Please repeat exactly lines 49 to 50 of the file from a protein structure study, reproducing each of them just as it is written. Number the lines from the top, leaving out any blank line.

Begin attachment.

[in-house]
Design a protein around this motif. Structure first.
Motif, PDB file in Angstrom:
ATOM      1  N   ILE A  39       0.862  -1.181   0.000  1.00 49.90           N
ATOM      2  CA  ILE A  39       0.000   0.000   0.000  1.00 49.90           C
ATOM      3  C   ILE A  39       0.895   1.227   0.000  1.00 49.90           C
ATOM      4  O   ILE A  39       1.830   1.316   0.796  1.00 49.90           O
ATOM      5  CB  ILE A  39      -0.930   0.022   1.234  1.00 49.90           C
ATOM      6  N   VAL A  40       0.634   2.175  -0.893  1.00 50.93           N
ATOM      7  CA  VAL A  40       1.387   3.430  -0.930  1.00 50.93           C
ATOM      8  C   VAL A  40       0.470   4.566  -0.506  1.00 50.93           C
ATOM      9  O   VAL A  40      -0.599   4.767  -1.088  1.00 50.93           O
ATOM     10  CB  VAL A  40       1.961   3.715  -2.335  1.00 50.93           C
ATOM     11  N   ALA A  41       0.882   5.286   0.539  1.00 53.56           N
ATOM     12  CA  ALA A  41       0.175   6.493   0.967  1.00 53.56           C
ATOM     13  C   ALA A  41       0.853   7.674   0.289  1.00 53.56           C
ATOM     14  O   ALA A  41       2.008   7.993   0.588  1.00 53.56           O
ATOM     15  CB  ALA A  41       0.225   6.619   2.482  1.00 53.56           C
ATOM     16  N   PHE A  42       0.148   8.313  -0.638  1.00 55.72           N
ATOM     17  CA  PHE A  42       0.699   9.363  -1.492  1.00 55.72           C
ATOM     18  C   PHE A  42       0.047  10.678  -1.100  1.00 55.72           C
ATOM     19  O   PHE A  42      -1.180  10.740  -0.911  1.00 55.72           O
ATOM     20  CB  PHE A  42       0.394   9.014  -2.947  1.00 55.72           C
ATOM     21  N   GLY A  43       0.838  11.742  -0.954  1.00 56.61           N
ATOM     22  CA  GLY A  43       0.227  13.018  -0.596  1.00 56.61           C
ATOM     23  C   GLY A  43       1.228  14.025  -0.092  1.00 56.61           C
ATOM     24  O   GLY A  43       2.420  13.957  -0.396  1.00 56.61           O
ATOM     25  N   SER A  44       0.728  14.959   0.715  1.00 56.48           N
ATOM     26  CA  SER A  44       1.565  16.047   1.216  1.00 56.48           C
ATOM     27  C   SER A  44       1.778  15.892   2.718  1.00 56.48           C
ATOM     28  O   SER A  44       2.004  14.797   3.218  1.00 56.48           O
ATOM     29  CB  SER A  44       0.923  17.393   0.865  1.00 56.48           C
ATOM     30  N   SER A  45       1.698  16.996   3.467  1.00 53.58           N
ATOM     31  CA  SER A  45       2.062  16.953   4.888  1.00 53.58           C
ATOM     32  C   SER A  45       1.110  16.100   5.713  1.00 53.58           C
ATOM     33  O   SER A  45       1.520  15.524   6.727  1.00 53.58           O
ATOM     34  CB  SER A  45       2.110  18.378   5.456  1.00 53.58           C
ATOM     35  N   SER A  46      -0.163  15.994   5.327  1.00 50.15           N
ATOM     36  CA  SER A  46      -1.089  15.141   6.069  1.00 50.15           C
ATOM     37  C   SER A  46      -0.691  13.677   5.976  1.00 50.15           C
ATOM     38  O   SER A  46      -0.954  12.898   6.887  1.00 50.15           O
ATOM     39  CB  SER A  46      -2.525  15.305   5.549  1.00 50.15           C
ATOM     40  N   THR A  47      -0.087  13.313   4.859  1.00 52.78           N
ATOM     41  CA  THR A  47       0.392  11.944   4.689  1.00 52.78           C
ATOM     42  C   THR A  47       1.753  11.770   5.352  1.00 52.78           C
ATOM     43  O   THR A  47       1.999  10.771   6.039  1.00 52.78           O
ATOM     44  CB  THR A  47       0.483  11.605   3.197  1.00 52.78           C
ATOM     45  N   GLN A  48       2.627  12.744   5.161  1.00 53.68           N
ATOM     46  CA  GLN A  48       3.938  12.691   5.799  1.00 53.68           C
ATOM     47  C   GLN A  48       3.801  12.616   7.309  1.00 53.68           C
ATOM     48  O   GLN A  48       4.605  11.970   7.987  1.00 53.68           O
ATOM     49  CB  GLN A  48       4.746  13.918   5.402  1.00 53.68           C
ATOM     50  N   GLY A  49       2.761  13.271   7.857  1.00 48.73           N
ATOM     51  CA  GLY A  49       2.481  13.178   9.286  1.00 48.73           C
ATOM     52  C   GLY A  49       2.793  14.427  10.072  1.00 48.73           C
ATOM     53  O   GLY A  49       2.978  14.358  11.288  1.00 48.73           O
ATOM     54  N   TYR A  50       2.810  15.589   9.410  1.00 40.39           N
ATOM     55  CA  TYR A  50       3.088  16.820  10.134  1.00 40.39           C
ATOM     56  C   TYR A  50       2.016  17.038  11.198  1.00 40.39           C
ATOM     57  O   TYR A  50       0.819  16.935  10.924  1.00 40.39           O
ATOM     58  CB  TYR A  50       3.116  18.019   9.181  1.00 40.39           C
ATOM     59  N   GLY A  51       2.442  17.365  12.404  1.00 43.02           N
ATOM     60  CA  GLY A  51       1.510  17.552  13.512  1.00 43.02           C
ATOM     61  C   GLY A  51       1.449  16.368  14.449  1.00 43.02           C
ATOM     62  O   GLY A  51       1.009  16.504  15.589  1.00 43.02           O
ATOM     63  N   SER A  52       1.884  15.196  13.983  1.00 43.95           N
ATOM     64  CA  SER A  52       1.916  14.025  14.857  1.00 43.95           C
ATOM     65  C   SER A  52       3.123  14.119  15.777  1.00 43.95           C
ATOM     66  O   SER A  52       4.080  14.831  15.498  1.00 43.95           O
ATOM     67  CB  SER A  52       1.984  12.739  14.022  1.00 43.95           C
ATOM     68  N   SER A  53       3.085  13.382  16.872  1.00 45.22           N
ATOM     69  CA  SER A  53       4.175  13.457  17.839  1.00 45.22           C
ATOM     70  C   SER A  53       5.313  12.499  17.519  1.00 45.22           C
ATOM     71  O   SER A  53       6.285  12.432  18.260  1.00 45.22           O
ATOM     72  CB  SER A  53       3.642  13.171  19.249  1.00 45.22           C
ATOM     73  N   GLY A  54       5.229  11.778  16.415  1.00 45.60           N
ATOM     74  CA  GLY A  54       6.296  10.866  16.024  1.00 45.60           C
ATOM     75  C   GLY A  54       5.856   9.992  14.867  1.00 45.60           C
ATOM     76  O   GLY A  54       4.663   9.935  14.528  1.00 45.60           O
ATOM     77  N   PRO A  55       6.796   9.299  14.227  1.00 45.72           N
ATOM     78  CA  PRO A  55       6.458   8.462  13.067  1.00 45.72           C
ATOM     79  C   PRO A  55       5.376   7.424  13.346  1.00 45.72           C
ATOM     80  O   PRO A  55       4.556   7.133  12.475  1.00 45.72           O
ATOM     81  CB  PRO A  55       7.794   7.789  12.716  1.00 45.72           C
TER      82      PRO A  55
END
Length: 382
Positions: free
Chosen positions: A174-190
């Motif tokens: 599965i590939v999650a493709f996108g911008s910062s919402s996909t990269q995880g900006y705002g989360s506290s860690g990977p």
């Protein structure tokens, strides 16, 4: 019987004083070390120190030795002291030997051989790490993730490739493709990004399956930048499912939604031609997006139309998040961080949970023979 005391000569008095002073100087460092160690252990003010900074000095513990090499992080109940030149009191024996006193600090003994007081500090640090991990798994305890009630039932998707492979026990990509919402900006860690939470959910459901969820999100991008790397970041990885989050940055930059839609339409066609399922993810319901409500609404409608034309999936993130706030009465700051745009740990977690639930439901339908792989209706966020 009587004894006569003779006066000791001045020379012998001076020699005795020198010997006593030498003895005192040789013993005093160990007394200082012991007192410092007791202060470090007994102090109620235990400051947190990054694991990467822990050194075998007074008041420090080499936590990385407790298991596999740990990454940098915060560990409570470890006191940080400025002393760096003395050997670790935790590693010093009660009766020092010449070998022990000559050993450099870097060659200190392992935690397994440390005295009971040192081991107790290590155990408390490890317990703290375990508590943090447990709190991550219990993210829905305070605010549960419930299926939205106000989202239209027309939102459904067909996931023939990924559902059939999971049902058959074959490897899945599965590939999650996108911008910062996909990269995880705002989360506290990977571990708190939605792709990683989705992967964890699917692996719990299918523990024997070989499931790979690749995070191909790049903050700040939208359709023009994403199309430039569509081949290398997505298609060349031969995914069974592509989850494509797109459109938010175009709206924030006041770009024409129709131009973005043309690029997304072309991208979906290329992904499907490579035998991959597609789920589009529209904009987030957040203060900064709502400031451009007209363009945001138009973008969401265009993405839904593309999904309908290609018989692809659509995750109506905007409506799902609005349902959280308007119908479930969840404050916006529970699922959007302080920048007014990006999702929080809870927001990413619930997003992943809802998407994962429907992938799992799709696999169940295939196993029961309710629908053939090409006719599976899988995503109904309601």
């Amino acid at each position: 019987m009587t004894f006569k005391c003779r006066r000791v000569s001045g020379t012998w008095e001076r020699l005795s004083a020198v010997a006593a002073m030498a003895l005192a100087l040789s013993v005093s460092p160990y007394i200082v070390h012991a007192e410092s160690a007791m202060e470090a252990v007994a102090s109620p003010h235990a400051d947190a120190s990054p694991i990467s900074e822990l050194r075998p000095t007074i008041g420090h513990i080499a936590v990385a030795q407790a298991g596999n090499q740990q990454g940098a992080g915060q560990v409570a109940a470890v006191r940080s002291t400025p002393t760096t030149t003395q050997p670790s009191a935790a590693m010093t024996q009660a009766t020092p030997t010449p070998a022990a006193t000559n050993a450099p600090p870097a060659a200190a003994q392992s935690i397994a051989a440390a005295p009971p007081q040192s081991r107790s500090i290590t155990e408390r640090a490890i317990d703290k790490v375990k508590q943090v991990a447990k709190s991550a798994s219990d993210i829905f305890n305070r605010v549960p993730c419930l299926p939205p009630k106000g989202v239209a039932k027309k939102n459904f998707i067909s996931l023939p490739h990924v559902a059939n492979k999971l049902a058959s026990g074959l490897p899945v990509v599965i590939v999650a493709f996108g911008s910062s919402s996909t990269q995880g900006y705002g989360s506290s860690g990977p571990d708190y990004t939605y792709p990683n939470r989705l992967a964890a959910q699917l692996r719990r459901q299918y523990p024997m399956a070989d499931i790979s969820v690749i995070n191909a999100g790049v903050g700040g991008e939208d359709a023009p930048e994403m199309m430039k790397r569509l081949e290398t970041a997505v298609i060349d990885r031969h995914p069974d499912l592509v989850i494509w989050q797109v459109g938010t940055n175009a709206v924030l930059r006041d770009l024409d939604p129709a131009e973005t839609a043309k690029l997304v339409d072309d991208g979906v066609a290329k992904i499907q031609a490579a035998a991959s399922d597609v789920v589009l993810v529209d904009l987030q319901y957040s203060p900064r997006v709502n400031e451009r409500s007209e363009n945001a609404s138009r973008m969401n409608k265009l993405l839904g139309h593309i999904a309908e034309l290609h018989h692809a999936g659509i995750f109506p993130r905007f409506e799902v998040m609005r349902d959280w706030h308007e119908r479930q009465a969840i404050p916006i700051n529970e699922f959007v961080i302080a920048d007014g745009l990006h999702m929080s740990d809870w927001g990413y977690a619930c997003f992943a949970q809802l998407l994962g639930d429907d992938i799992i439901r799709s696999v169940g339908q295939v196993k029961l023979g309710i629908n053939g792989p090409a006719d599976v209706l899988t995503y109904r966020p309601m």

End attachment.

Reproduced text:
ATOM     46  CA  GLN A  48       3.938  12.691   5.799  1.00 53.68           C
ATOM     47  C   GLN A  48       3.801  12.616   7.309  1.00 53.68           C